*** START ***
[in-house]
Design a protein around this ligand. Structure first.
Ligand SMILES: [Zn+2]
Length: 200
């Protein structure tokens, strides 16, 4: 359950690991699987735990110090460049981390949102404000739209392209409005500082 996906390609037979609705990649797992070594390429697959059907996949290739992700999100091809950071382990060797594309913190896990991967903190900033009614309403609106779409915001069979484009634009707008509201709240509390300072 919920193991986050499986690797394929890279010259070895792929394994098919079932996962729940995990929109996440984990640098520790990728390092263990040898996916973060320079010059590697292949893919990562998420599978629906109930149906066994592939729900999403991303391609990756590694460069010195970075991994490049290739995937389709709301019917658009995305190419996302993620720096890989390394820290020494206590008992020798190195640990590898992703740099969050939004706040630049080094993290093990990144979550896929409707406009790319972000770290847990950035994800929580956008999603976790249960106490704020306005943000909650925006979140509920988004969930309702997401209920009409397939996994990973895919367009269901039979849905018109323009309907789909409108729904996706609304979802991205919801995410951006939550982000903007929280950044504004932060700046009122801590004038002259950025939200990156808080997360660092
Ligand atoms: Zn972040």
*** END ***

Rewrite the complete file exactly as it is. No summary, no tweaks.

[in-house]
Design a protein around this ligand. Structure first.
Ligand SMILES: [Zn+2]
Length: 200
């Protein structure tokens, strides 16, 4: 359950690991699987735990110090460049981390949102404000739209392209409005500082 996906390609037979609705990649797992070594390429697959059907996949290739992700999100091809950071382990060797594309913190896990991967903190900033009614309403609106779409915001069979484009634009707008509201709240509390300072 919920193991986050499986690797394929890279010259070895792929394994098919079932996962729940995990929109996440984990640098520790990728390092263990040898996916973060320079010059590697292949893919990562998420599978629906109930149906066994592939729900999403991303391609990756590694460069010195970075991994490049290739995937389709709301019917658009995305190419996302993620720096890989390394820290020494206590008992020798190195640990590898992703740099969050939004706040630049080094993290093990990144979550896929409707406009790319972000770290847990950035994800929580956008999603976790249960106490704020306005943000909650925006979140509920988004969930309702997401209920009409397939996994990973895919367009269901039979849905018109323009309907789909409108729904996706609304979802991205919801995410951006939550982000903007929280950044504004932060700046009122801590004038002259950025939200990156808080997360660092
Ligand atoms: Zn972040």